"...... the court in its discretion will not allow the continuation of a lawsuit merely to allow Plaintiffs to seek nominal damages, which, even if proven, would be limited to one dollar."

>>>>> someone preserved part of the original "breaking news" article that first appeared on the YDR website, --
He [Judge Jones] considers only what has been offered for the record and won't take into consideration news accounts or that a new Dover Area school board has been elected since the trial. <<<<<<<

Kevin, I have been over this before -- the only way that the election could possibly have affected his decision would have been by a repeal of the ID policy prior to judgment. So by saying that the election would not affect his decision, he was essentially saying that a repeal of the ID policy would not affect his decision. What would the reaction have been had Judge Jones said that he was going to delay release of the decision in order to give the school board a chance to repeal the ID policy first -- even if he had not said that such repeal would affect his decision?

>>>>>> And this is the sole point that Larry might be able to crow about, had Ed said "lawyer" instead of "legal scholar." <<<<<<

Actually, the term "legal scholar" is vague -- it can include law professors, judges, attorneys, and even advanced law students. And what about the attorney -- hired by a former school board member -- who prepared the written report advising the board that the case might be mooted by repeal of the ID policy prior to judgment?

>>>>>> Oddly enough, it was to these same attorneys that Ed was directing his attention.<<<<<<

Yes -- why don't their opinions count? For that matter, why doesn't my opinion count if I can back it up? I showed that according to Buckhannon Board & Care Home, Inc. v. West Virginia Department of Health & Human Resources, 532 U.S. 598 (2001), repealing the ID policy prior to judgment might have mooted the case.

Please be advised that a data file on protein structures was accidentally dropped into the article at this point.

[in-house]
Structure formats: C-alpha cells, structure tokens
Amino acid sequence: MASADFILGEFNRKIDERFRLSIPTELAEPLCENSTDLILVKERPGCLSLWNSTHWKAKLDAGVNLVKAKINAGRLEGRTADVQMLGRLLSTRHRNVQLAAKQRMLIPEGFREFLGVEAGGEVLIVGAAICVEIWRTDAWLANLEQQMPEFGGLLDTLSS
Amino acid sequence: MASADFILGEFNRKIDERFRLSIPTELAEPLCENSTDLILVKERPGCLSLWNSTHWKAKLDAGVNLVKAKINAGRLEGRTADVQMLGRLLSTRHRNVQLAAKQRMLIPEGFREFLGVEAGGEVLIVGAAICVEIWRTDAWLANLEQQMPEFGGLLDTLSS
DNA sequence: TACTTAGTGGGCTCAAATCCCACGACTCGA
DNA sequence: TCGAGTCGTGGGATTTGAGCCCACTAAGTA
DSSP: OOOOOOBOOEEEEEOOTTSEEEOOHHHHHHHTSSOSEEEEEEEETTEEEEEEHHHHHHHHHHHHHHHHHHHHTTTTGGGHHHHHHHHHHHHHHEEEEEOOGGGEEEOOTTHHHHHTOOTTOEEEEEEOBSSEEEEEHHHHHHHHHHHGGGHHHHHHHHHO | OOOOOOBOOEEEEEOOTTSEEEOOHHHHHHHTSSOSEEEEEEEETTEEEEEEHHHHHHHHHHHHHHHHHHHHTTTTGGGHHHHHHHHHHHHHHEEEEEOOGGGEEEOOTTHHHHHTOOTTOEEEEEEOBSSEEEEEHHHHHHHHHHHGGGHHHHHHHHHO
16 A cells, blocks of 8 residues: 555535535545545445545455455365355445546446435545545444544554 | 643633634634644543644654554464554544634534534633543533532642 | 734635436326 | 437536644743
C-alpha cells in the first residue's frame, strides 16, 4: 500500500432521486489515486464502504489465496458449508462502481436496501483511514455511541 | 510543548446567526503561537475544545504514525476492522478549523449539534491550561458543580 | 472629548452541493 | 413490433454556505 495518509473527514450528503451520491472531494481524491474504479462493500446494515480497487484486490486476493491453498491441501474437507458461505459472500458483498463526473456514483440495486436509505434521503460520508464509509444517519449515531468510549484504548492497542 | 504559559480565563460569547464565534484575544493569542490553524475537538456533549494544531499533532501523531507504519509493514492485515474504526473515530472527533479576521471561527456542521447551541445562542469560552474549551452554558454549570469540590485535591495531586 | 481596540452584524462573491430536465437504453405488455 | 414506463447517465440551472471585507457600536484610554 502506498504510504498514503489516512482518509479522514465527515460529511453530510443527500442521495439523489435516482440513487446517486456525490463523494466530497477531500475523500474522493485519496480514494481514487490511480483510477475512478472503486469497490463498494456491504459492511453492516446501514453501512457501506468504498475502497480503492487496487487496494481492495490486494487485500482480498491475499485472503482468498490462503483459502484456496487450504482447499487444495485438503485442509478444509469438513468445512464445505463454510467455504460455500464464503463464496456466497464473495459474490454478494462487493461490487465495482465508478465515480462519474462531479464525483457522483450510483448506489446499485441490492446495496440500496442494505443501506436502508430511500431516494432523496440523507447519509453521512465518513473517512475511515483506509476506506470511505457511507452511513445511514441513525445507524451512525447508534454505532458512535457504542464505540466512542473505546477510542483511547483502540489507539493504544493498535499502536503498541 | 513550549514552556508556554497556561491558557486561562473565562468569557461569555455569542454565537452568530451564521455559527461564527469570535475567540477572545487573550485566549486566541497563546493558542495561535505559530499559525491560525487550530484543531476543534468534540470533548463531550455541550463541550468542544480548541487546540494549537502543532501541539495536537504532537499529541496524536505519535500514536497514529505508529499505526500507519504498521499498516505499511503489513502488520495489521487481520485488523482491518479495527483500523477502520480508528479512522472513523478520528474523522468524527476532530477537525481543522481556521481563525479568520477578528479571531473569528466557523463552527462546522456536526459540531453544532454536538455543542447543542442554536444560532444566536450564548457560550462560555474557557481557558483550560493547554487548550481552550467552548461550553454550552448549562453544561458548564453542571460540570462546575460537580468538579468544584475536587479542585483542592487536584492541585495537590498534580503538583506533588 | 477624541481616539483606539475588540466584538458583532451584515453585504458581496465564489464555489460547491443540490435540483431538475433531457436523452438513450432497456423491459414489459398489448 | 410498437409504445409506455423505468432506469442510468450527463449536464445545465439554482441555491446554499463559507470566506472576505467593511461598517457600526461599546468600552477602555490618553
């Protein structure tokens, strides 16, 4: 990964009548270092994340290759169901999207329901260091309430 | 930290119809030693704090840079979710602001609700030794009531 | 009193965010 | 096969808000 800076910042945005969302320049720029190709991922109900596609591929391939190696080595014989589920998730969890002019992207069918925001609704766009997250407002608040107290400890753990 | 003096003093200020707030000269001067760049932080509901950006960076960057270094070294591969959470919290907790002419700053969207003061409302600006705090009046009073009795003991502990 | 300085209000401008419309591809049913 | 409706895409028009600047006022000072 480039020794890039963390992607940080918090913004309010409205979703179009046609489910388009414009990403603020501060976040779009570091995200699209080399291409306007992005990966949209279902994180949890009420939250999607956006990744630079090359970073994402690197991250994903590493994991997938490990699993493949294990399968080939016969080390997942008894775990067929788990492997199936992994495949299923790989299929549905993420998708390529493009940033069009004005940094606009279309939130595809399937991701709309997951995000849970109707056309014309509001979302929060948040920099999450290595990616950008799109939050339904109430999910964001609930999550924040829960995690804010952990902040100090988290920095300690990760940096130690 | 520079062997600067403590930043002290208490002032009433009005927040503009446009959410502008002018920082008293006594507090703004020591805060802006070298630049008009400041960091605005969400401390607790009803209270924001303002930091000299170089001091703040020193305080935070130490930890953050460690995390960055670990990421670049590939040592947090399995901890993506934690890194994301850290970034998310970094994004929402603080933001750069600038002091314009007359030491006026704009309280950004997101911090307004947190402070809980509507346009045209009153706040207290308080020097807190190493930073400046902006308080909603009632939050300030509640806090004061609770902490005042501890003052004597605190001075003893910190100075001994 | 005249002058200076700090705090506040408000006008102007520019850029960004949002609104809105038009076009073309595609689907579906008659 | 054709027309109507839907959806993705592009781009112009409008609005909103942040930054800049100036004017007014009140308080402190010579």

Anyway, even conceding all of your points, what Fatheaded Ed said is still wrong. And Fatheaded Ed's arbitrary censorship of comments prevents his blog from being self-correcting.

Trying to argue with Darwinists makes me feel like I am trying to spoonfeed an uncooperative baby who keeps knocking away the spoon and spattering the food and making a big mess.

Tuesday, May 06, 2008 5:27:00 PM  
Anonymous Anonymous said...

> What articles? I'm from Missouri -- you'll have to show me.<

Larry has no connection to Missouri. The Missourian's would like to make that clear. Larry considers the name of his asylum to be "gossip about his personal affairs" but it certainly is not in Missouri. It has certainly been proven that he can't be shown.

Tuesday, May 06, 2008 5:59:00 PM  
Blogger Larry Fafarman said...

>>>>> Larry has no connection to Missouri. <<<<<

Wrong -- I am connected to Missouri in spirit.

Ich bin ein Missourian.

Tuesday, May 06, 2008 6:09:00 PM  
Anonymous Alt-Anonymous said...

<< Ich bin ein Missourian. >>

You need to make that assertion at the St. Louis Wall (or is that Mall?).

(BTW, there was some controversy over JFK's usage of "ein" -- a tempest in a teapot, evidently.)

Tuesday, May 06, 2008 7:35:00 PM  
Anonymous Voice in the Urbanness said...

>(BTW, there was some controversy over JFK's usage of "ein" -- a tempest in a teapot, evidently.)<

Actually the controversy was over JFK's pronunciation of "Berliner". He seemed to be indicating that he was a jelly doughnut. The laughter of the public was dubbed over to cheers.

Tuesday, May 06, 2008 8:08:00 PM  
Anonymous Alt-Anonymous said...

<< JFK's pronunciation of "Berliner" >>

Hmm. He did kind of muff the pronunciation -- twice, yet.

(The resident and the donut have the same pronunciation, though.)

Pretty good speech otherwise.

Tuesday, May 06, 2008 9:39:00 PM